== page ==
I passed a milestone today. I have ridden this motorcycle 25,000 miles since I bought it. You may recall that back in April of 2009, I wrote about another milestone passed, 10,000 miles at that time.
Remember that this is my first real motorcycle, not counting the old minibike I had when I was a teenager, so I have ridden only this motorcycle 25,000 miles. The milestone was passed on an evening joy ride near the house.
I bought the bike in September of 2007, so I have owned it about forty-four months. That is about 565 miles per month on the average, including two periods of not riding for a couple of months each. I do ride year around though to keep my skills at their meager level of development, and maybe improve them a bit...and because it is fun to ride, after all!
The bike has performed well over this part of its life. It has had a couple of oil changes -- now to a synthetic (Mobil 1, Racing 4T), a coolant change, and I am working on the third set of tires (one rear was retired far too early due to a puncture). I certainly get a lot of mileage out of the tires, especially, compared with some much more aggressive riders.
I was recently surprised, though, that I began to feel the bike acting as though it was misfiring. There seemed to be no problem evident with the transmission in neutral, and the exhaust sound was steady under all conditions. So what could be wrong here?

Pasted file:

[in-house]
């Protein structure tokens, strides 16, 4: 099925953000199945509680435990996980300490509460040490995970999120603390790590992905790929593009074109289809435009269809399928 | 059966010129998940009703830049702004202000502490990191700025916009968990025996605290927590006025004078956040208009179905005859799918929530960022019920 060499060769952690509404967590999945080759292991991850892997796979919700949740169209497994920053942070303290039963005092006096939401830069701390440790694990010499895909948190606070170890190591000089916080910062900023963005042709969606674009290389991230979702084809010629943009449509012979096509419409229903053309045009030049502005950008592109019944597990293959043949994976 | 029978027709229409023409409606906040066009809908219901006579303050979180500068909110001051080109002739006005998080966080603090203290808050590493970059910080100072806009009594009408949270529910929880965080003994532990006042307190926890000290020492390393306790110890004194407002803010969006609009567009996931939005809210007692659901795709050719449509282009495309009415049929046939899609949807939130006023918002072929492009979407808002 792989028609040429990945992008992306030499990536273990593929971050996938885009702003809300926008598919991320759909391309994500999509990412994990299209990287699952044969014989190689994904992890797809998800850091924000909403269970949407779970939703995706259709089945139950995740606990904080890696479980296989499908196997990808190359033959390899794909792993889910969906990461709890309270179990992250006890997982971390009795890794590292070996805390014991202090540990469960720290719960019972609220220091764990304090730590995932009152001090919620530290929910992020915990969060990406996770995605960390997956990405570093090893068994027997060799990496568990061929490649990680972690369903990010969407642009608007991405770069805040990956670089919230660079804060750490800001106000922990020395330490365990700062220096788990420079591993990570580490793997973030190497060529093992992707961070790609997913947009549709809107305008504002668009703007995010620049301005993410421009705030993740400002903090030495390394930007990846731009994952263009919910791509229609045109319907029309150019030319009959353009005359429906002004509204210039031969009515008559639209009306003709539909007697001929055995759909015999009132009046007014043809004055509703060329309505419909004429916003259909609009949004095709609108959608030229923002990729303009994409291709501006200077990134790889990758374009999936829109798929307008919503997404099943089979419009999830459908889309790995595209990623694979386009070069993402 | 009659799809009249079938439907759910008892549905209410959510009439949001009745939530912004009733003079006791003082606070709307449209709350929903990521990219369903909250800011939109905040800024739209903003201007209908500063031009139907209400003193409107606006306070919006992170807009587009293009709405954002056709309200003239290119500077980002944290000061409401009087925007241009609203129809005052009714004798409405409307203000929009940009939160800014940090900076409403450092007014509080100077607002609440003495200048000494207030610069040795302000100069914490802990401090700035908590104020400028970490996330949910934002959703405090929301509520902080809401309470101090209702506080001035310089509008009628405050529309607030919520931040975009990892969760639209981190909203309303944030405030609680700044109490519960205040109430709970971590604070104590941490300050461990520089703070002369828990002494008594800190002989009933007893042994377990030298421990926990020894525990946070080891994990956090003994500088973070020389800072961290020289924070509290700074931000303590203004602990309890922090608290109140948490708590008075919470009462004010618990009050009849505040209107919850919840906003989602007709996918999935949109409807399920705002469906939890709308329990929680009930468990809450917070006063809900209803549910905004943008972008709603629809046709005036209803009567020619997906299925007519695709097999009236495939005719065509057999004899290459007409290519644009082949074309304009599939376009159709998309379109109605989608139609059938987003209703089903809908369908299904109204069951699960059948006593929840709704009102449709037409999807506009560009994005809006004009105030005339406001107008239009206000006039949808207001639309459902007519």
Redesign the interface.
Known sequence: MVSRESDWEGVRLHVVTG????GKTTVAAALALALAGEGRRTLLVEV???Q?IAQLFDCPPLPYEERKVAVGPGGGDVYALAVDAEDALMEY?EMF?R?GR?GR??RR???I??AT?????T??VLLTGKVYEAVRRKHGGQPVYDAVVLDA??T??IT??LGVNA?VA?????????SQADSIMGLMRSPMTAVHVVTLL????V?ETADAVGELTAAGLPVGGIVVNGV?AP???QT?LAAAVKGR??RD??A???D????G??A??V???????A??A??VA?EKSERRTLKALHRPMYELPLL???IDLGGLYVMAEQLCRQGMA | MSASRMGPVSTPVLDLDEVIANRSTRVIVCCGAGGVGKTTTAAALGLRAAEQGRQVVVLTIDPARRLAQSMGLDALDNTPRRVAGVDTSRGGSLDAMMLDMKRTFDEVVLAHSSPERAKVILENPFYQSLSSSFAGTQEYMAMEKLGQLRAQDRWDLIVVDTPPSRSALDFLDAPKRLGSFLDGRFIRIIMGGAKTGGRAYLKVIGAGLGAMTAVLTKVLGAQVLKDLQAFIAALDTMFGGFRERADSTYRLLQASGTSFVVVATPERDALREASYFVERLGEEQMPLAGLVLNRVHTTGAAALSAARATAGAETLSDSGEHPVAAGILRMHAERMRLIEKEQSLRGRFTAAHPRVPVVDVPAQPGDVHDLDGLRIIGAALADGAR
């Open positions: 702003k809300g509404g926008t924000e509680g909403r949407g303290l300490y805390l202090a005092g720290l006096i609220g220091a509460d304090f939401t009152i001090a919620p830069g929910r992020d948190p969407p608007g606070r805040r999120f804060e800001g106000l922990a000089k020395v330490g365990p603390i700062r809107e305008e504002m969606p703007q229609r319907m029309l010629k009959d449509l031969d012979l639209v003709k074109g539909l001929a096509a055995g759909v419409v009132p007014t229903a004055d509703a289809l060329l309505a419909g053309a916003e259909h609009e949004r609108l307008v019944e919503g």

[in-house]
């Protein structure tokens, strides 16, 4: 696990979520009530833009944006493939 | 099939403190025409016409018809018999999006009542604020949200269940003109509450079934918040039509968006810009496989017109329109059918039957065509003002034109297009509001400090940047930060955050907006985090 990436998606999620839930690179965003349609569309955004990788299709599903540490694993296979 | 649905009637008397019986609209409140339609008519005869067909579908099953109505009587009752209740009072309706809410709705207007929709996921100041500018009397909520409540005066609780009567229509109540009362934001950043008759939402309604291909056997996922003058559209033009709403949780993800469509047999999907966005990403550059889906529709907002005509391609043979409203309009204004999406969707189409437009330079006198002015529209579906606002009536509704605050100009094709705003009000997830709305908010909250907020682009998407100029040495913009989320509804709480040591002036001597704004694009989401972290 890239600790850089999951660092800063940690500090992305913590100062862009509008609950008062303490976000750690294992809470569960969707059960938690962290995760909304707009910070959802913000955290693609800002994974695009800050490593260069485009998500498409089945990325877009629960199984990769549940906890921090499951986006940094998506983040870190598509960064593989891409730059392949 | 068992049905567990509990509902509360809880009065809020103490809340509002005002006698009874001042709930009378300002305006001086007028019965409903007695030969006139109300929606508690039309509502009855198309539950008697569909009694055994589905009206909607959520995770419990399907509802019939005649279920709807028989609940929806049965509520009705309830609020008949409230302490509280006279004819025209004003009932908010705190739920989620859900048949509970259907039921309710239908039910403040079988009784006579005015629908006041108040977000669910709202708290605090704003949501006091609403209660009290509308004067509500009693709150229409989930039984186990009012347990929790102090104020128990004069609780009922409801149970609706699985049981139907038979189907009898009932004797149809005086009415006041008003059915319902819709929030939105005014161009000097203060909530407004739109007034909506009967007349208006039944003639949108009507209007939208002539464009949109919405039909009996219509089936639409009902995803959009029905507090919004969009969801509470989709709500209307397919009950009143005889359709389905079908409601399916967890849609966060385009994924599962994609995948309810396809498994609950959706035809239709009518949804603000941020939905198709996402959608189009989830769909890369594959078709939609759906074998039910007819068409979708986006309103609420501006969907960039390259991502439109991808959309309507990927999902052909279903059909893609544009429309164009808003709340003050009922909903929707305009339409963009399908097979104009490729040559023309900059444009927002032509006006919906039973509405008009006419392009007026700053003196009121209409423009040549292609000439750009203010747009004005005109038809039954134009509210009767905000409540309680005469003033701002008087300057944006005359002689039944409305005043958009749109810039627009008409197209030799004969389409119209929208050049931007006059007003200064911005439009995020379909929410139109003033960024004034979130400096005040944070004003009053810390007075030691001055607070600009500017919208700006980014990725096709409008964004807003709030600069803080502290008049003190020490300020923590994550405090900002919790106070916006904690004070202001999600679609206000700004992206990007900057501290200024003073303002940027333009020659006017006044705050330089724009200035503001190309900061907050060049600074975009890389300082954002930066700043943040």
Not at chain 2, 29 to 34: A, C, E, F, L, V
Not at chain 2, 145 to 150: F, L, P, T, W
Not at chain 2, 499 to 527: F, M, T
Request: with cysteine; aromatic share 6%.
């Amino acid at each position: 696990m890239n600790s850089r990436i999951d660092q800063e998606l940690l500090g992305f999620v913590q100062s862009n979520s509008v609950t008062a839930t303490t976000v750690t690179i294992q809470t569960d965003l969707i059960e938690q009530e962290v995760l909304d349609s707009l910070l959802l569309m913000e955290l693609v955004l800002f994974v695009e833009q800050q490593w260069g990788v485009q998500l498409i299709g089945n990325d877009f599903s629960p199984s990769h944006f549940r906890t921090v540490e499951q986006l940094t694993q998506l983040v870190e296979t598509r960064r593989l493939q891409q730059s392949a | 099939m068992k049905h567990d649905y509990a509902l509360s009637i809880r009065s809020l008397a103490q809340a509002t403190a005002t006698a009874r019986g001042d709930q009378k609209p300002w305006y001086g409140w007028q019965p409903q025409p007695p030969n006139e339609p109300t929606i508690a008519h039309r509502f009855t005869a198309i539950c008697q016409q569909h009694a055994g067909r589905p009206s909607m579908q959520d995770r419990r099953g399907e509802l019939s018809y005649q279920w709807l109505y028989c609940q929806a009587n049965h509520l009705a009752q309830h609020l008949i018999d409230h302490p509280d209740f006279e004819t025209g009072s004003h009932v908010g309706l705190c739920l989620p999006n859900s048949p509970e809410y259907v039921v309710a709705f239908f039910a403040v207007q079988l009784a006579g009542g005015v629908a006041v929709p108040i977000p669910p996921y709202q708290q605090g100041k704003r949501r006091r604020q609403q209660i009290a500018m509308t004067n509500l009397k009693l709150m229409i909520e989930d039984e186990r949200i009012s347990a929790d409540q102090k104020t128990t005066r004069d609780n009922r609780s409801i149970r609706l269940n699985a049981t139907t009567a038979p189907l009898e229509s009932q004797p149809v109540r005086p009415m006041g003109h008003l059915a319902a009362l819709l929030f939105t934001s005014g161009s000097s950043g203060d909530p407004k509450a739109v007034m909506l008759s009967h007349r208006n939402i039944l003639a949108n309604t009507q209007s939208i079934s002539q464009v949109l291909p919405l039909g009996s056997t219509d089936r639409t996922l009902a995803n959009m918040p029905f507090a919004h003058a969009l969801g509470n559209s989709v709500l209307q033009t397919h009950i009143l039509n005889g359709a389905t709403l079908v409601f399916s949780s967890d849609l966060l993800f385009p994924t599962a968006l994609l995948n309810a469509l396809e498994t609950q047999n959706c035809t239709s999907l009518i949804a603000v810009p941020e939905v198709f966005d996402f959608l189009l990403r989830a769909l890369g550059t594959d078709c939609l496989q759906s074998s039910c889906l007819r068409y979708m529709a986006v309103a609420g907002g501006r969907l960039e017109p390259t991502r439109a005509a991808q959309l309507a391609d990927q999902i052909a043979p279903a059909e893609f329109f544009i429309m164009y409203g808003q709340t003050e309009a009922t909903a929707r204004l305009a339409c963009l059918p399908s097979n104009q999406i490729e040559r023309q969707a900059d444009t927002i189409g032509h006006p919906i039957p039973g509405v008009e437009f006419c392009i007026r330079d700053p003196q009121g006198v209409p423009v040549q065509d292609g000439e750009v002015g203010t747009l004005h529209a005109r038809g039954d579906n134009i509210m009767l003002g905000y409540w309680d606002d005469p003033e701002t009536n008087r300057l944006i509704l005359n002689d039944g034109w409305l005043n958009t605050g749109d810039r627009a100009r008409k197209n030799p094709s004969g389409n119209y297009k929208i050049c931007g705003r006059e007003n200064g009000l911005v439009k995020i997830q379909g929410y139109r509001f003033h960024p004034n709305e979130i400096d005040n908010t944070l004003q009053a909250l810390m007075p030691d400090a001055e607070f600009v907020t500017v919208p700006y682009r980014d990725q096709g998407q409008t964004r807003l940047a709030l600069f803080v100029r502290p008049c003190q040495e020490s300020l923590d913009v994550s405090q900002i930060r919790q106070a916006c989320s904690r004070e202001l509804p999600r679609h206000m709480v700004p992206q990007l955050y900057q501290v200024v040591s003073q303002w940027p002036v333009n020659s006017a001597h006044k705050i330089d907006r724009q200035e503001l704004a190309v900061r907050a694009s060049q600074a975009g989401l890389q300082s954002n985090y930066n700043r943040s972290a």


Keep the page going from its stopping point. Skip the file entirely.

A clue to the jerkiness came when I was checking chain tension. I put the bike on the rear stand and rotated the rear wheel until the chain was tightest. The tension checked good there. The tension was, however, very much looser at other sections. That seemed strange -- after all, the chain was fine when it was new. What could be wrong?
I did a little research on line, which revealed that my chain was probably past its expected life. The tooth profile of the sprockets was still OK, so a new chain should do the trick.
The chain I settled on as a good mix of quality and price is an EK 520SRX Quadra X-Ring with 114 Links, part number 701-520SRX-114 and a rivet-type master link, part number 520SRX-MLJ. The prices were $57.10 and $4.80, respectively, plus about $12 shipping, from Amazon seller Powersport Superstore. The chain arrived in just a few days and I set to work.
I had bought a Stockton Tool Company Chain Breaker and Rivet Tool Kit (#28165) from Cycle Gear when it was on sale, and a cheap pneumatic grinder (#52847) and a pack of 2" cutoff wheels from Harbor Freight Tools, so I broke them out, deciphered the translated-into-English-from-some-foreign-language instructions for each, and began.
Since this is my first riveted chain replacement, I go slowly, learning the tricks of using the chain tool properly despite the cryptic instructions.
The grinder neatly removes the heads of one of the chain's link pins. The chain tool presses out the remains of the link, and I fit the new chain, rivet the master link, check the link according to the Kawasaki service manual instructions (easier to understand than the others recently read, by the way), tension the chain (nice and even, now), and clean up.
The first ride confirms that the chain was the issue with the "missing" problem. The bike almost feels like new now -- smoooooth -- and ready for the next 25K.
...I still wonder how far I rode that little minibike.